Cyclone engineers Zengyi Shao and Jean-Philippe Tessonnier created a new type of biobased nylon that outperforms nylon created from petroleum chemicals. Shao and Tessonnier, both assistant professors of chemical and biological engineering, combined their expertise in biocatalysis and chemical catalysis to design a hybrid biomass-to-nylon process that integrates fermentation and downstream upgrading. This hybrid process offers many advantages: the entire conversion is performed under near-ambient conditions, the fermentation broth is converted directly without any purification and the fermentation broth provides the reagents for the second step of the process.
What’s more, the final product, bio- advantaged nylon-6,6, has an extra double chemical bond in its backbone, which can be used to tailor the material’s properties in all kinds of useful ways. The double bond is an anchoring point to add extra molecular chains that can make the biobased nylon hydrophobic, antistatic, antimicrobial, flame retardant and more.
“We’re making new molecules that will enable development of new products not possible before using traditional petroleum- based nylon,” says Tessonnier.
Smart Systems For Traffic Management
Cyclone engineers are using big data to make big improvements to road safety and traffic management. Anuj Sharma, associate professor of civil, construction and environmental engineering, and a team of researchers are using continuous traffic data streams – video, traffic volume, speed, backups, weather and more – to build automated, real-time traffic management tools.
With support from a $1 million grant from the National Science Foundation, the team is working with the Iowa Department of Transportation to develop new traffic models, computer algorithms, user-friendly computer displays and information visualizations that will help traffic management operators make decisions and take actions to keep vehicles moving smoothly.
Ultimately the goal is to build a system that can use machine learning to detect – and even predict – traffic problems. Fast responses to traffic troubles like crashes, stalled cars or bad weather will help improve the safety of motorists and workers by reducing response times and rapidly slowing or re-routing traffic in trouble spots. “When there’s a crash, every second is critical,” says Neal Hawkins, associate director of Iowa State University’s Institute for Transportation and adjunct lecturer in civil, construction and environmental engineering.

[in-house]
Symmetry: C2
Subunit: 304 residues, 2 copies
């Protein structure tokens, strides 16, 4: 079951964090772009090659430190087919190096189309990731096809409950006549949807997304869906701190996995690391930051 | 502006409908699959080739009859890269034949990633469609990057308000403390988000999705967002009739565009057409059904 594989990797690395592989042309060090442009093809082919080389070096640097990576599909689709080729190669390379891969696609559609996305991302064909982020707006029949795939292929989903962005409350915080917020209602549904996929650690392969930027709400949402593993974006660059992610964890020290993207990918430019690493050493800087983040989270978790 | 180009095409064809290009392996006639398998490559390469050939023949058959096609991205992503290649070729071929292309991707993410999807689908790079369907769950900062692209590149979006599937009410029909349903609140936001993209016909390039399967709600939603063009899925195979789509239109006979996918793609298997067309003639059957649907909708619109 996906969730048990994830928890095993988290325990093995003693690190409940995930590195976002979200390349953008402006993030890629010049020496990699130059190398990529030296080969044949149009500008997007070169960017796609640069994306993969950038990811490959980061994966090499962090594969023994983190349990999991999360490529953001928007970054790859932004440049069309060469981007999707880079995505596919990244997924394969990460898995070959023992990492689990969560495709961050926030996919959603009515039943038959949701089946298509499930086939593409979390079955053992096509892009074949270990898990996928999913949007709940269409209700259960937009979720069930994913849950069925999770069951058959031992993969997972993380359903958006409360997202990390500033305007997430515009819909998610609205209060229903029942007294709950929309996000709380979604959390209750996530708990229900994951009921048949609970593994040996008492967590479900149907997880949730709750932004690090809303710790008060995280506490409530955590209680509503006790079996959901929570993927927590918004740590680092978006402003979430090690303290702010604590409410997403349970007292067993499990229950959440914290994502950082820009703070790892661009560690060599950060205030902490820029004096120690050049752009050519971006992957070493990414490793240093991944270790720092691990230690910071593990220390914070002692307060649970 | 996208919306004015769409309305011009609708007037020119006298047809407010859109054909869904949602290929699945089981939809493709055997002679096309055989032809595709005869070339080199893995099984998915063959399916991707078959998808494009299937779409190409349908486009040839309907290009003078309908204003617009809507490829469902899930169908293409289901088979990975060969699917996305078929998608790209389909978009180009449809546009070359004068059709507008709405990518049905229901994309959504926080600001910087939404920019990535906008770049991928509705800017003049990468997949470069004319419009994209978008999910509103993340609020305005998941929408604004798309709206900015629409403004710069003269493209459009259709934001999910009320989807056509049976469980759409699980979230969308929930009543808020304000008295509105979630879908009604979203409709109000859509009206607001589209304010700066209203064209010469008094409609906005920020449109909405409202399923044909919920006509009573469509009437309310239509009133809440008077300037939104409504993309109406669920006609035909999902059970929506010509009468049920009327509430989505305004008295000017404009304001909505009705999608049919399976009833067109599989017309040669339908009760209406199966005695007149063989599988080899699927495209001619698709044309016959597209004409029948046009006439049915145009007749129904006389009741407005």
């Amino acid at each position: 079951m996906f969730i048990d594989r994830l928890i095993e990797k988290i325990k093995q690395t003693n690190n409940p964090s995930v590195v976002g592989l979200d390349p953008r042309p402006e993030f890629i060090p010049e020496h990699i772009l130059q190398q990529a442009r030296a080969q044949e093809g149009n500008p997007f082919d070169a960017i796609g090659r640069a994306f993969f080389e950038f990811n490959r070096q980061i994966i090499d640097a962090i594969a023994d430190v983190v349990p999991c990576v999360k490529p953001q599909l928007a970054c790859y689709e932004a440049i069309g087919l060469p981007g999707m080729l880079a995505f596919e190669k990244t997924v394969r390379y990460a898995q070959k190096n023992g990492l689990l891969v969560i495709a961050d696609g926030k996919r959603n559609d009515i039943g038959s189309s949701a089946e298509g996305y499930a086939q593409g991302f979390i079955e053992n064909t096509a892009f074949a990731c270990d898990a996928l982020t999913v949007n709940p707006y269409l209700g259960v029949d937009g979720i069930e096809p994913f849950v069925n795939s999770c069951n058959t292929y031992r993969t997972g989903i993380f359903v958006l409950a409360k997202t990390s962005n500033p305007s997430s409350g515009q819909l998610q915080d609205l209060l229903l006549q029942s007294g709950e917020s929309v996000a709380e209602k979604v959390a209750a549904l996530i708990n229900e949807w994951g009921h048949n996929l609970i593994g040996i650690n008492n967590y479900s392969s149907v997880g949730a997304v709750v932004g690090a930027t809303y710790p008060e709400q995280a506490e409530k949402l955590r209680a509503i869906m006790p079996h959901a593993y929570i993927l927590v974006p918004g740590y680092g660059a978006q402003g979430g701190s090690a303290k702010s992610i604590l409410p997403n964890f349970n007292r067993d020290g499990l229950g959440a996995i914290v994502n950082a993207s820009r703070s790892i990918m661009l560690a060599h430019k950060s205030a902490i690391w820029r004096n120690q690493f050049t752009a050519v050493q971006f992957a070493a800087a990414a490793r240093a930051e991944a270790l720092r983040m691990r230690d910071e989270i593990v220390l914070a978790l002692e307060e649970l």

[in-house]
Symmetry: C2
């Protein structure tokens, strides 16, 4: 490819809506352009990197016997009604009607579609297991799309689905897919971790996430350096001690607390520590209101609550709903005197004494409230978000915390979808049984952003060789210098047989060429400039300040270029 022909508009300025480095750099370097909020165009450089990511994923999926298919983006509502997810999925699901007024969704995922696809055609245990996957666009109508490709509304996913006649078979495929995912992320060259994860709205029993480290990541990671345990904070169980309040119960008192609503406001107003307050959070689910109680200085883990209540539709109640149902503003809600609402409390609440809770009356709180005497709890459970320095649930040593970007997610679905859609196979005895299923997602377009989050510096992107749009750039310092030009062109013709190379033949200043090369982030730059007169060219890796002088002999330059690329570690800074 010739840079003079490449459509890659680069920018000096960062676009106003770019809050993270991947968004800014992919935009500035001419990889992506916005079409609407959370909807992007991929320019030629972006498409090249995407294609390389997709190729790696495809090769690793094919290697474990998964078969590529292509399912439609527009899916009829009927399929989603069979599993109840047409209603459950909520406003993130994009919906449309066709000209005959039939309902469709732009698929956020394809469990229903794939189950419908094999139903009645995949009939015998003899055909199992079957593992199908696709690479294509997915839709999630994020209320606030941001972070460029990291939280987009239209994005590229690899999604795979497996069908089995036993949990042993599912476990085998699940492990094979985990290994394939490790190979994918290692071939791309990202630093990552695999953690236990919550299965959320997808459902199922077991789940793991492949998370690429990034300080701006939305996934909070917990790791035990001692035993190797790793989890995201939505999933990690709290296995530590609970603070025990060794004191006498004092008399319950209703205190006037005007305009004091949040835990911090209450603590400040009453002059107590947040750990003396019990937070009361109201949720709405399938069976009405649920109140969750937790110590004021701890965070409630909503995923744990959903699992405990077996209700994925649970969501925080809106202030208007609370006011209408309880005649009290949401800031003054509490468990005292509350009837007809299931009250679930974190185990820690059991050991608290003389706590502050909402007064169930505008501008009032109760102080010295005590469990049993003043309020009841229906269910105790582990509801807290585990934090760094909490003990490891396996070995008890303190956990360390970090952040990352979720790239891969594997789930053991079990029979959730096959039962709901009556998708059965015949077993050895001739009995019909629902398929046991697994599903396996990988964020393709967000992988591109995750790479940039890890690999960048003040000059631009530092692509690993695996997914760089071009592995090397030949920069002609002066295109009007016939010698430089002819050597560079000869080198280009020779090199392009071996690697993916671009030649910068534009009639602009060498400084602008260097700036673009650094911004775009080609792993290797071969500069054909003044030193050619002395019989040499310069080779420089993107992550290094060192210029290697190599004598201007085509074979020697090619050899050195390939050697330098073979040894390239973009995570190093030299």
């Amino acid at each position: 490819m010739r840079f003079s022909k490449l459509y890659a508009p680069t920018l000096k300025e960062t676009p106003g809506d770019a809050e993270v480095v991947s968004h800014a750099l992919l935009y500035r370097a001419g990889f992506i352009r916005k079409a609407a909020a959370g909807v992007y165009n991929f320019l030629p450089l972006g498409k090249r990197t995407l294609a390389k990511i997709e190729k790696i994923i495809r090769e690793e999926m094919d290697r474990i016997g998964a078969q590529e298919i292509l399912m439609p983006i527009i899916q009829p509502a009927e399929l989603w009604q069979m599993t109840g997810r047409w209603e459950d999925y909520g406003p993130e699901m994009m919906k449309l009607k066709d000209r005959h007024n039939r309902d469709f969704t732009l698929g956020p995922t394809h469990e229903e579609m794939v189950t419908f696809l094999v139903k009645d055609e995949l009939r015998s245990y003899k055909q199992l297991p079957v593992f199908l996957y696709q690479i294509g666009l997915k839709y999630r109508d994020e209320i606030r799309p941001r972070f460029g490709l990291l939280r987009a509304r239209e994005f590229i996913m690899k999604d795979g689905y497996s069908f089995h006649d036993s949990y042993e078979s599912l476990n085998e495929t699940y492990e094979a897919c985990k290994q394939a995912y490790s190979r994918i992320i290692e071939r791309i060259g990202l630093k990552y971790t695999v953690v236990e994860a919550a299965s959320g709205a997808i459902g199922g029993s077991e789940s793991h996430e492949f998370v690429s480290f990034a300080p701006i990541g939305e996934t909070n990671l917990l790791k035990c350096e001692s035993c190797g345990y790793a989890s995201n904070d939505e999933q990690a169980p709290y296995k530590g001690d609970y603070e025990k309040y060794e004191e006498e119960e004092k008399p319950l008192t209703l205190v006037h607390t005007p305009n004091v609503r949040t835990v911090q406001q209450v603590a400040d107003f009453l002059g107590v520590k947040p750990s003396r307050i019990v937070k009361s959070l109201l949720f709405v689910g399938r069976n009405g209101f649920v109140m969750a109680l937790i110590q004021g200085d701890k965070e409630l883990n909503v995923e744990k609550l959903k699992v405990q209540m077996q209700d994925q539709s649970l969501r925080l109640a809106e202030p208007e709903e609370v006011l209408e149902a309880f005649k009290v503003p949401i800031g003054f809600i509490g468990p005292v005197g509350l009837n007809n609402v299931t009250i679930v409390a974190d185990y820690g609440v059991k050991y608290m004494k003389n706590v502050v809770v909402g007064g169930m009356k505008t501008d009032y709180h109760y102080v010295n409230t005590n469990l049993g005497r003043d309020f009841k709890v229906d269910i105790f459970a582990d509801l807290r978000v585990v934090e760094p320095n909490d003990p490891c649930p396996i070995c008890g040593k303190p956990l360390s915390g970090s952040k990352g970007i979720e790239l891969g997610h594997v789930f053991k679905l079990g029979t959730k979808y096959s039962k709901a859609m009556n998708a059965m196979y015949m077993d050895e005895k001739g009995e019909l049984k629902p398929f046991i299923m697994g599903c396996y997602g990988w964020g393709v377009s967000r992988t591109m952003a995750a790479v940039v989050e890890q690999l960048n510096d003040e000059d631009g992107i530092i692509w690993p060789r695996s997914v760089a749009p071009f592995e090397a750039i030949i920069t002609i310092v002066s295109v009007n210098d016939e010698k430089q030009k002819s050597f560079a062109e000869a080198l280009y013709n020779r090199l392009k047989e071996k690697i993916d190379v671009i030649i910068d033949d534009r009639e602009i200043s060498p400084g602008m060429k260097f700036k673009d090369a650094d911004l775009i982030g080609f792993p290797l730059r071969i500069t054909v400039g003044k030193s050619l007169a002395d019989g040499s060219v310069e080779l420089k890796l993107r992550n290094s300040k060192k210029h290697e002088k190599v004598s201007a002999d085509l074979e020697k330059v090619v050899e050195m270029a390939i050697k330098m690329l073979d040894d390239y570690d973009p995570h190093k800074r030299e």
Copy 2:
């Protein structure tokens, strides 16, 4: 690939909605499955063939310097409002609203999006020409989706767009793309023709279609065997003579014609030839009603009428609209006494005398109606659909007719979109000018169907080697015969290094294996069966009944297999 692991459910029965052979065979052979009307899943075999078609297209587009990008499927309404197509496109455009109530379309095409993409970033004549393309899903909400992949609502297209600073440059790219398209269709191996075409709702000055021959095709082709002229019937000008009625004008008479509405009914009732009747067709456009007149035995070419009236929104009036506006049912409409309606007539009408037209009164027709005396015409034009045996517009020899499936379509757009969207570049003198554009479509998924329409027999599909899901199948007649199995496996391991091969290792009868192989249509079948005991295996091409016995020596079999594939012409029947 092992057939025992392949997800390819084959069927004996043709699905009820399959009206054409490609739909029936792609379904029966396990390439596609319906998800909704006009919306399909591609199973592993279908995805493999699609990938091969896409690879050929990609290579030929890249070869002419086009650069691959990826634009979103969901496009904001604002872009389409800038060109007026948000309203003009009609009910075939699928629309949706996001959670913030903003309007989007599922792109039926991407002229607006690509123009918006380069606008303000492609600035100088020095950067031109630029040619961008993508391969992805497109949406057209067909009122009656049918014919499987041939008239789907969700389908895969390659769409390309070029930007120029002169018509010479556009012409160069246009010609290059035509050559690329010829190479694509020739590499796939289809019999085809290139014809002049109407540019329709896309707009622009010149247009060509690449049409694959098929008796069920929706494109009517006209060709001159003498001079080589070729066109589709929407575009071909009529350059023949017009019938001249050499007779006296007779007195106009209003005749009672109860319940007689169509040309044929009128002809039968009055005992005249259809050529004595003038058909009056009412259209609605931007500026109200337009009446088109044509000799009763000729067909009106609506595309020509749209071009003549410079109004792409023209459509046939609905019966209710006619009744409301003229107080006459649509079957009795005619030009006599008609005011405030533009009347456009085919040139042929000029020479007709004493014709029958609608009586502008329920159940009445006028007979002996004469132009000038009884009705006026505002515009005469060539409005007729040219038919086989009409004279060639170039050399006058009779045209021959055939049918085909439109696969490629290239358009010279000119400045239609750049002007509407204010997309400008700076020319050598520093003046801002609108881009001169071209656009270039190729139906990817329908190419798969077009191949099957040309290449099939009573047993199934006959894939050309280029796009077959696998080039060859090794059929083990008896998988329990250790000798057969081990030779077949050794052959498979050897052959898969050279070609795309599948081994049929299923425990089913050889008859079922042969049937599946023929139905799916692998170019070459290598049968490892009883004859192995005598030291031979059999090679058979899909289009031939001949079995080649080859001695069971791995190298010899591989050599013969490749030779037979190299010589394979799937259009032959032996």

Examining Farm Field Drainage to Develop Balanced Agricultural Practices
Matt Helmers’ mission is to put the “middle ground” in managing agricultural land. Crops need enough but not too much water in the soil. Agricultural producers seek to get just the right amount of nutrients to plants, without the excess traveling elsewhere.
“The overall goal of my research in water quality and drainage flow is to look for ways to maintain agricultural productivity while reducing our environmental footprint,” says Helmers, who is a professor of agricultural and biosystems engineering. “Better understanding of how water drains from fields will help us design balanced agricultural practices for the future.”
Helmers collects subsurface data on both the volume of water that drains from cropland and the nutrient content found in water samples. The team combines current information with more than 25 years of historical drainage data to help form a clearer picture of the amount of water needed for best crop production, how much and when extra water is available for capture and irrigation reuse, and amounts of nutrient movement.
“No other state has the wealth of data that we do on drainage and water quality,” says Helmers. “That positions Iowa State University well to answer current questions and make predictions about agricultural water needs under the changing rainfall patterns we expect to see in the future.”
Refining Pile Design Models For Earthquake-Resistant Buildings
Many researchers say they want to shake up their fields of study. Iowa State engineer Jeramy Ashlock means it. Ashlock, the Richard L. Handy Professor of Civil, Construction and Environmental Engineering, studies how building and bridge foundations interact with soil during earthquakes and structural vibrations.